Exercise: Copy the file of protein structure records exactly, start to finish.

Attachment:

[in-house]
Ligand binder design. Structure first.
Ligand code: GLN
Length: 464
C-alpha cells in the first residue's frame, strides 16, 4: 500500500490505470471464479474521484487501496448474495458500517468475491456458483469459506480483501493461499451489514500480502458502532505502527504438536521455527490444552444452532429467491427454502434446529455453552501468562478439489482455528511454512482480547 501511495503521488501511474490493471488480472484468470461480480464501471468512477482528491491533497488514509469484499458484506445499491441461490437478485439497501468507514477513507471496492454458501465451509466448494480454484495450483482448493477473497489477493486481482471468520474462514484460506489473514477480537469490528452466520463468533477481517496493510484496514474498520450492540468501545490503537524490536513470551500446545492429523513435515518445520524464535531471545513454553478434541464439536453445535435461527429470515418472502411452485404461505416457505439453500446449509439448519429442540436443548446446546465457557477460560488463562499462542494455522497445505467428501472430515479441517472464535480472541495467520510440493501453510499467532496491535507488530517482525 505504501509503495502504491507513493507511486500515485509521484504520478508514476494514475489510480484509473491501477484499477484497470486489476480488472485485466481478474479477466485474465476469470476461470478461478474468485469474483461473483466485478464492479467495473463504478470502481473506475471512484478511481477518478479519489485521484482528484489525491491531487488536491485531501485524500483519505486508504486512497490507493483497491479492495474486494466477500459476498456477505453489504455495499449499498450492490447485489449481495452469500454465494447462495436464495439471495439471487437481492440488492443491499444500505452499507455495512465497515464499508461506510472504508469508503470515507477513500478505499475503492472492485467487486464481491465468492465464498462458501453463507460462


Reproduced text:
[in-house]
Ligand binder design. Structure first.
Ligand code: GLN
Length: 464
C-alpha cells in the first residue's frame, strides 16, 4: 500500500490505470471464479474521484487501496448474495458500517468475491456458483469459506480483501493461499451489514500480502458502532505502527504438536521455527490444552444452532429467491427454502434446529455453552501468562478439489482455528511454512482480547 501511495503521488501511474490493471488480472484468470461480480464501471468512477482528491491533497488514509469484499458484506445499491441461490437478485439497501468507514477513507471496492454458501465451509466448494480454484495450483482448493477473497489477493486481482471468520474462514484460506489473514477480537469490528452466520463468533477481517496493510484496514474498520450492540468501545490503537524490536513470551500446545492429523513435515518445520524464535531471545513454553478434541464439536453445535435461527429470515418472502411452485404461505416457505439453500446449509439448519429442540436443548446446546465457557477460560488463562499462542494455522497445505467428501472430515479441517472464535480472541495467520510440493501453510499467532496491535507488530517482525 505504501509503495502504491507513493507511486500515485509521484504520478508514476494514475489510480484509473491501477484499477484497470486489476480488472485485466481478474479477466485474465476469470476461470478461478474468485469474483461473483466485478464492479467495473463504478470502481473506475471512484478511481477518478479519489485521484482528484489525491491531487488536491485531501485524500483519505486508504486512497490507493483497491479492495474486494466477500459476498456477505453489504455495499449499498450492490447485489449481495452469500454465494447462495436464495439471495439471487437481492440488492443491499444500505452499507455495512465497515464499508461506510472504508469508503470515507477513500478505499475503492472492485467487486464481491465468492465464498462458501453463507460462